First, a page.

Thursday, 29 September 2011

Is parenting really about control?

The day before the new school year started I spent a day with one of our Families Plus workers visiting families in their homes.

Our first stop was to go with a Mam and her 6 year old son to buy a new sweat shirt for school. We walked from their flat across several busy streets and up the hill to school. The lad, let's call him John, was full of energy, excited to be out, he wanted to run and his Mam had to keep warning him to watch out for traffic and be careful crossing the roads. When we got to school he rushed into reception heading for the toilet, the receptionist called out, you can't go through "because of insurance" as if a 6 year odl would know what that meant. He was busting so she let him into school explaining she had to accompany him because if he hurt himself the school would be to blame.

It took a little time to buy and pay for the sweat shirt (from a grant Children North East had obtained), in the meantime John wanted to run into the playground and play on the climbing frame. The receptionist told him he was not allowed "because of health and safety". She explained he might fall, hurt himself and then the school would be to blame. She said it was OK during term time when there were lots of people about but she could not take the risk in the school holiday. John's Mam meekly complied with the school rules too.

We visited two other families that day. In each home I was struck by how anxious the parents were to ensure their children and young people were 'under control' - that they were well behaved and not causing any trouble to anyone. Of course setting and maintaining boundaries is part of good parenting, children need to know right from wrong, but my colleague told me it was quite usual for parents to be constantly fussing as if the mark of a good parent was how well you controlled your children.

John told us the highlight of the whole 6 week holiday was going to a football match (again organised by Children North East) with his Dad - he had never been to a match before and it was really exciting. Apart from a couple of trips swimming with his Mam and one to the cinema he had spent most of the 6 week holiday indoors, safe from the streets and the traffic.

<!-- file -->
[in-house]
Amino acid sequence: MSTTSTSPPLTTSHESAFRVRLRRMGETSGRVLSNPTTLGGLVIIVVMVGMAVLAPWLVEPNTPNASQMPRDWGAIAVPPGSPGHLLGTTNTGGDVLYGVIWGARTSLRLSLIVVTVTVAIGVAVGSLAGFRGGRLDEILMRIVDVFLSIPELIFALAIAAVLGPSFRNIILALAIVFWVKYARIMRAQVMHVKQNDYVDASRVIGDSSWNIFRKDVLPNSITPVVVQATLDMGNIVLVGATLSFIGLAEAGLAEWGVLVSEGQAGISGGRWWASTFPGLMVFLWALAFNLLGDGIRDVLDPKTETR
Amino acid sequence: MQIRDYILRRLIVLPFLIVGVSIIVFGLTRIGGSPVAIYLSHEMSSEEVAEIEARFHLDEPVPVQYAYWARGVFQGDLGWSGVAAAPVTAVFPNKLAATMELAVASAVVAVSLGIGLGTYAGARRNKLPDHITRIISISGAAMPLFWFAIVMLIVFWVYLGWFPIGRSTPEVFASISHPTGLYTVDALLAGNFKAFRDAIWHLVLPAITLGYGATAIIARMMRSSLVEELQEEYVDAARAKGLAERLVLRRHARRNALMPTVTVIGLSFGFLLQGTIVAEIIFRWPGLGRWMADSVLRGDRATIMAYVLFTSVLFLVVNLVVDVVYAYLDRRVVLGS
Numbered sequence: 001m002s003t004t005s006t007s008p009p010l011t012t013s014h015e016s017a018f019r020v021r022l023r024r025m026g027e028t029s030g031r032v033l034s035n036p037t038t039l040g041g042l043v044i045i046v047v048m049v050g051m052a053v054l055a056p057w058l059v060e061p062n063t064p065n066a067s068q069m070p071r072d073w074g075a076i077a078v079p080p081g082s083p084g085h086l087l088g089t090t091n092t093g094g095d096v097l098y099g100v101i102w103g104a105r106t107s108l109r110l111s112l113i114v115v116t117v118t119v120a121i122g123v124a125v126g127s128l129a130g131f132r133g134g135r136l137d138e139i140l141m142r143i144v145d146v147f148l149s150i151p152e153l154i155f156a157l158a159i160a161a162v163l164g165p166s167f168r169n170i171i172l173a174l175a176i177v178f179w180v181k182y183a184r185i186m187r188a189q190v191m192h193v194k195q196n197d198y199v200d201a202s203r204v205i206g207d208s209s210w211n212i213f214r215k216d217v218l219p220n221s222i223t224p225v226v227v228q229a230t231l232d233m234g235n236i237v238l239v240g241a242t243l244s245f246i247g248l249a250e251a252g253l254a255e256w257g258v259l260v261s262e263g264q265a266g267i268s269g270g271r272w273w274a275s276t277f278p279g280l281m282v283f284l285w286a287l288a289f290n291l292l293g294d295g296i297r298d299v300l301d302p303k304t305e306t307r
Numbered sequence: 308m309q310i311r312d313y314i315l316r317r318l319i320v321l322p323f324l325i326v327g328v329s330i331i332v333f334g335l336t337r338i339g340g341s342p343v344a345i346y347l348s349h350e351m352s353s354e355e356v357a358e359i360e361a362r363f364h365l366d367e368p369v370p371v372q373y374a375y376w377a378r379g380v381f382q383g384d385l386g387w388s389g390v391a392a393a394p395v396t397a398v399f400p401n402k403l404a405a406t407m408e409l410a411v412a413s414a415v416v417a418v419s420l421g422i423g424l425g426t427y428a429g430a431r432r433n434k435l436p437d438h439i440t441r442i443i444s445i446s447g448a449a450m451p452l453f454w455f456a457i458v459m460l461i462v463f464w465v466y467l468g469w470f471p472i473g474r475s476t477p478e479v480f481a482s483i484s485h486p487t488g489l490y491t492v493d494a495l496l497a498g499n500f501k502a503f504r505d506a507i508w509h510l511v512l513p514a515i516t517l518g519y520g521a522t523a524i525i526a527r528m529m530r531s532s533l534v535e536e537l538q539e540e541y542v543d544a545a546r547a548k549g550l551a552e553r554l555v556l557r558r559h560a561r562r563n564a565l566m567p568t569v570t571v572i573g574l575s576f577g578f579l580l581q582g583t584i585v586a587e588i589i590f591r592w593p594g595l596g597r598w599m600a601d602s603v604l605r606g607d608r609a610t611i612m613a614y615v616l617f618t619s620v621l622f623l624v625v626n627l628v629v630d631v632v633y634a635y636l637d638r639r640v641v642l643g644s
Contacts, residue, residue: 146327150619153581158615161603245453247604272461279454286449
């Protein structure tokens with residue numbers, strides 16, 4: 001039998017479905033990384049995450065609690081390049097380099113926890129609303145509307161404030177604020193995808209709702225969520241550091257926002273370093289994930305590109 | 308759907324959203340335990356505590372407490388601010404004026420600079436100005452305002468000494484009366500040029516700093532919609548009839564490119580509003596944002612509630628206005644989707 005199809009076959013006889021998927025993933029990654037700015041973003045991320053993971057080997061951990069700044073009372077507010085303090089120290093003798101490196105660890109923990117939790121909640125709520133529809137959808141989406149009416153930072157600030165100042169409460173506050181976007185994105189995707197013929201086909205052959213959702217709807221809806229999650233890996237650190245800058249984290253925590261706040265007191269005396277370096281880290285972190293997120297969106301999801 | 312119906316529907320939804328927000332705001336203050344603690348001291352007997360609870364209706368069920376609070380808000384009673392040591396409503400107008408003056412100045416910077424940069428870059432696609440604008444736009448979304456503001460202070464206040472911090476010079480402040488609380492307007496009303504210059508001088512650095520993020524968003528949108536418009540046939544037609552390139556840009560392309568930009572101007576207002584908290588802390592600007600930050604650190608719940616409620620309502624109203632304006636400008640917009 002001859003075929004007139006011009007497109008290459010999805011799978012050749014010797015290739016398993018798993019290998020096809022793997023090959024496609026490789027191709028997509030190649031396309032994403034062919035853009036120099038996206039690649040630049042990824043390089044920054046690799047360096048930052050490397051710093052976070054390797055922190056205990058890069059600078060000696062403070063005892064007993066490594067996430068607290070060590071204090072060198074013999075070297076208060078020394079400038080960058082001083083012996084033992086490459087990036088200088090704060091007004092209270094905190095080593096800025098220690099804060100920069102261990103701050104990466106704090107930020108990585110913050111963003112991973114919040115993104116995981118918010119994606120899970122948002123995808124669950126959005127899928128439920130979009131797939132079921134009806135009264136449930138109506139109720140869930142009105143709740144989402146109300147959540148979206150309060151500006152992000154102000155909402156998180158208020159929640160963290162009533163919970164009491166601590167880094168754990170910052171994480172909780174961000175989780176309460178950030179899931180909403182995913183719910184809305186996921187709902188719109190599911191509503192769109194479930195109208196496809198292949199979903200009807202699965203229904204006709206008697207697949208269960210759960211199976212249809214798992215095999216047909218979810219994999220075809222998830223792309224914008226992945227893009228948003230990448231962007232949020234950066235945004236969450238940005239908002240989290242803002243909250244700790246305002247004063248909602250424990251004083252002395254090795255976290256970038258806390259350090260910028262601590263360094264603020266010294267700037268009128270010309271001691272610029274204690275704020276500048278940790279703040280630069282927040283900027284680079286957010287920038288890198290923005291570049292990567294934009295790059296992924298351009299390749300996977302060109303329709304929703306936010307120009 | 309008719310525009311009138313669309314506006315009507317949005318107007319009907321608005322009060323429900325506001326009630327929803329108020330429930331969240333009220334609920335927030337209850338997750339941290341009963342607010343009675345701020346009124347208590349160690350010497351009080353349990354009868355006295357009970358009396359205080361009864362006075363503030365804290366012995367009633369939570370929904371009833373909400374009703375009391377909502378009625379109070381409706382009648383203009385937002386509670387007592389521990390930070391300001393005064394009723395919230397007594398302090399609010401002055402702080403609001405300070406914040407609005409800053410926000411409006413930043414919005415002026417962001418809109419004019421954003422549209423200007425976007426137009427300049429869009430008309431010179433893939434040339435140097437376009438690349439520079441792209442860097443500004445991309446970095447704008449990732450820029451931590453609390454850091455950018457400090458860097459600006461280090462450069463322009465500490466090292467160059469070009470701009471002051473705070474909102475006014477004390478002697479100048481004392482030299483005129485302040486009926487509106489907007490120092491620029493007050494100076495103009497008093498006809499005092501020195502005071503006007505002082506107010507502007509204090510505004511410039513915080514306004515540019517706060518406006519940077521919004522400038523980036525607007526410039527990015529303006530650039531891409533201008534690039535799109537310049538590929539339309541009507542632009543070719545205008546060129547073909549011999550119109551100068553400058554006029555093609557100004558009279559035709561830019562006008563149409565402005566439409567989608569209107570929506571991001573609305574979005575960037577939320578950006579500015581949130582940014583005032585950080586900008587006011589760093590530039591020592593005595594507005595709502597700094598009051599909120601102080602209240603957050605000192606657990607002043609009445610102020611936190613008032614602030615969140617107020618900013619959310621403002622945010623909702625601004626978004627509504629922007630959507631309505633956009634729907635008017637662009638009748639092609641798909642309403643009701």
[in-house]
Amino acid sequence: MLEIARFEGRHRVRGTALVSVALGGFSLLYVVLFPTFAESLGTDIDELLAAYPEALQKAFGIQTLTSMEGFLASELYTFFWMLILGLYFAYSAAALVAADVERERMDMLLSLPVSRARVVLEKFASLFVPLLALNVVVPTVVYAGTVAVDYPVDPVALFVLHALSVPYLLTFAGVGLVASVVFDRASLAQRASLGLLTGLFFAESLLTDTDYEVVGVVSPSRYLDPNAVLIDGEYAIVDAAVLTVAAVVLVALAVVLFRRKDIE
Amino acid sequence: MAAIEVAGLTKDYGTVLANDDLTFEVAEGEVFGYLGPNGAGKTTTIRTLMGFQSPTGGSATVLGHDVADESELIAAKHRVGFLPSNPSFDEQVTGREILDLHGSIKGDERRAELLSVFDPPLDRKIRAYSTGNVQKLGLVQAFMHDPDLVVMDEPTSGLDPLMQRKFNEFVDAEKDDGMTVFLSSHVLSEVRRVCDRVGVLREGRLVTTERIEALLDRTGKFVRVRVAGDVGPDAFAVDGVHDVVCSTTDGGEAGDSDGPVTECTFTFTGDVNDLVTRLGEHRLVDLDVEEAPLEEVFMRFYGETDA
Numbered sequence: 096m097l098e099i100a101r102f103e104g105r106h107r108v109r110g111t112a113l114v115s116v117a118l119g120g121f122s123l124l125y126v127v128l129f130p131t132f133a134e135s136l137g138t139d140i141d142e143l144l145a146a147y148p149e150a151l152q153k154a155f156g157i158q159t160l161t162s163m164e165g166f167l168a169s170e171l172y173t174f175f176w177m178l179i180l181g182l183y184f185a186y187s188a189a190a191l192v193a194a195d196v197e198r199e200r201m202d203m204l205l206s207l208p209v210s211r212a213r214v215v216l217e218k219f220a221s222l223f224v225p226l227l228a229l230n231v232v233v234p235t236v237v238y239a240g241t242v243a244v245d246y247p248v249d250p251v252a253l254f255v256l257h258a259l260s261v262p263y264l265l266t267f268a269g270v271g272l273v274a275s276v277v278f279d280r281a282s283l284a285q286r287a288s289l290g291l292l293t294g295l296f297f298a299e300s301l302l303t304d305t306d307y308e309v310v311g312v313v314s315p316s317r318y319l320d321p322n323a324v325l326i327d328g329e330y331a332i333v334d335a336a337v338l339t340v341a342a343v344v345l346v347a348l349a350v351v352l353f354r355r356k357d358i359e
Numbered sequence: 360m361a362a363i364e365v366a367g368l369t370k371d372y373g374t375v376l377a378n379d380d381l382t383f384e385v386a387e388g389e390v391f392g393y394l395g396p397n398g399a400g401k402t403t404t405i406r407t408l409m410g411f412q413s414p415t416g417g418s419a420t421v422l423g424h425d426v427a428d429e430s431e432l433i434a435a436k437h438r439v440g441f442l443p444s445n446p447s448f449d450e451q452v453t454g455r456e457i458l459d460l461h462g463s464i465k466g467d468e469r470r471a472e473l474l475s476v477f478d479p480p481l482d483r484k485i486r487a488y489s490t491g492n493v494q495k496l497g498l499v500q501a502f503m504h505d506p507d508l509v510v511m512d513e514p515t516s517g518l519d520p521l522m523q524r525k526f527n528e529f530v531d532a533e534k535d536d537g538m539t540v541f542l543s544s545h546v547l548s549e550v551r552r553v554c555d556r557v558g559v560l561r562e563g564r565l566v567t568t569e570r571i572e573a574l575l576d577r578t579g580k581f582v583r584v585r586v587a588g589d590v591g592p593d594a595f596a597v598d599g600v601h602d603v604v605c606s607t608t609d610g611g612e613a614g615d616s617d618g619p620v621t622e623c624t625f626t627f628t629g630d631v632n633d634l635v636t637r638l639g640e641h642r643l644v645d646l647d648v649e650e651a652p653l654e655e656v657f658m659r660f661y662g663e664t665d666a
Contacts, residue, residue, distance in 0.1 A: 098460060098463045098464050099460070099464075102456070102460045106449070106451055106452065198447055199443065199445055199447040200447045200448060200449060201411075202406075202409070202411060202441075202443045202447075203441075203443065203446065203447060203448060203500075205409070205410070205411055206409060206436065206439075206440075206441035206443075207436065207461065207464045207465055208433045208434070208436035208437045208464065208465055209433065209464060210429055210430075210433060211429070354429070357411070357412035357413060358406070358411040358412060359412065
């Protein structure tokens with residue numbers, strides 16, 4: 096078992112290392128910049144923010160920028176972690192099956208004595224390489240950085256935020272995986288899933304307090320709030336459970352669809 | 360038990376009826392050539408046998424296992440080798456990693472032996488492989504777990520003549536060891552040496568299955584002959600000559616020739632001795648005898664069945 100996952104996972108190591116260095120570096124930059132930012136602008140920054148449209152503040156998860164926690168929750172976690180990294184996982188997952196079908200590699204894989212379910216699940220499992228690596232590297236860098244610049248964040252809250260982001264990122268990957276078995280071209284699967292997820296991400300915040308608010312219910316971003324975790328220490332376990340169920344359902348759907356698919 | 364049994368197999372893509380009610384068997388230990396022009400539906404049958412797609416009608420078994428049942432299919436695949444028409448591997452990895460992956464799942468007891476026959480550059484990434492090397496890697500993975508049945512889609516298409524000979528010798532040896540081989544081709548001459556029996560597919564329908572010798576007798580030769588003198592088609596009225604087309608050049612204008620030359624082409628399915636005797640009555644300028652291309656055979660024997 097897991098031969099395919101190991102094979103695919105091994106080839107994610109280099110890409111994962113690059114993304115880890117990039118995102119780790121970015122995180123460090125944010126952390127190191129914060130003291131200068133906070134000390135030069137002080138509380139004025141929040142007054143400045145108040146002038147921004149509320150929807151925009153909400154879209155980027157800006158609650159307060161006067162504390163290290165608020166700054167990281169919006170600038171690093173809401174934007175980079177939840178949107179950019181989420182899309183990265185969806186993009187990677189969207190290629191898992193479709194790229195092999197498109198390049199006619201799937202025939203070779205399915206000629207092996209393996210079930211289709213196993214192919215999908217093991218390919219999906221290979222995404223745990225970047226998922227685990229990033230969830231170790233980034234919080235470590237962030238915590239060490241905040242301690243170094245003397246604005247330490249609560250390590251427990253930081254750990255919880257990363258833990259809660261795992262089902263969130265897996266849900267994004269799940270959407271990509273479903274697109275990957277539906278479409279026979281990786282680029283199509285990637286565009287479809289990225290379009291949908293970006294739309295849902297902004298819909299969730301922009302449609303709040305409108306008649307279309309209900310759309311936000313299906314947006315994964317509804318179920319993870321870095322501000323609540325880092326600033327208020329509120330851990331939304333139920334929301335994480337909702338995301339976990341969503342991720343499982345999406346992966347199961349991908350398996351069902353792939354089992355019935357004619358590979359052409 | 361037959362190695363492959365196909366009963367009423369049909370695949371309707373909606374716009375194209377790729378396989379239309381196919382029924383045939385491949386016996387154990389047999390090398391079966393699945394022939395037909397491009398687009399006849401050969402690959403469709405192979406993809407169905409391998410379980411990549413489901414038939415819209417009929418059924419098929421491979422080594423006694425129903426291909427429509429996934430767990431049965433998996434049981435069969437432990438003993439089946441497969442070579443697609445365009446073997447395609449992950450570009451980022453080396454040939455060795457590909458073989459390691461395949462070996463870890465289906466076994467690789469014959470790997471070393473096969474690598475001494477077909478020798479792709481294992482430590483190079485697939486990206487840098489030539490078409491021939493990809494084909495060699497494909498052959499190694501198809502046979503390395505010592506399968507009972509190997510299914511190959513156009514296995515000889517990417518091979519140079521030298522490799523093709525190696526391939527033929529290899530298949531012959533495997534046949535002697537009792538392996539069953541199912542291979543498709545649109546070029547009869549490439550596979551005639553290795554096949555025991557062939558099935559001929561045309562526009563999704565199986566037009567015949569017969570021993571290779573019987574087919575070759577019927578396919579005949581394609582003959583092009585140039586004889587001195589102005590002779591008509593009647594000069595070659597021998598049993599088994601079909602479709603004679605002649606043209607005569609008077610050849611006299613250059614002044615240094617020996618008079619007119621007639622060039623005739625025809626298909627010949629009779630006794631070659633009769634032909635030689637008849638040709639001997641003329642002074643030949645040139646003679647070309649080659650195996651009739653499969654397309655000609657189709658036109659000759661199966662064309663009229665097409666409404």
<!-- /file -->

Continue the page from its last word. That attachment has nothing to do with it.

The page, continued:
After so long indoors would it really have been so bad for John to run about and climb in an empty school playground? Wouldn't we have enjoyed watching him exploring the world and yes, maybe he might fall over? And even if he did isn't it more likely his Mam would have picked him up and comforted him than sue the school? And wouldn't she have felt better to allow him to do all that too?

Thursday, 22 September 2011

Homelessness and the Great North Run

The Cyrenians is a North East charity working with homeless people. This week they published research commissioned from Northumbria University about how adults become homeless. They trained homeless people to interview 82 other homeless people about their experiences.

It seems there are two distinct routes into homelessness, 'lifelong' and a 'life events' pathways. The former pathway is about disadvantage all through life - 24% had difficulties reading and writing at school; 24% were bullied at school; 25% had been in care as children or adolescents. Parental addictions, domestic violence and traumatic experiences in childhood, especially ones involving violence all figure heavily in the recollections of these homeless adults.

The 'life events' pathway is more about adults who have good childhood experiences but run into crises as adults. For example 80% had had their own home at some point; 70% had experienced financial problems such as being unable to pay bills; 65% had been in a long term relationship and 50% had children. However the majority had a problem with drugs and half a problem with alcohol. The common story was of alcohol or drug misuse triggered by financial difficulties ending with loss of job, relationship and home.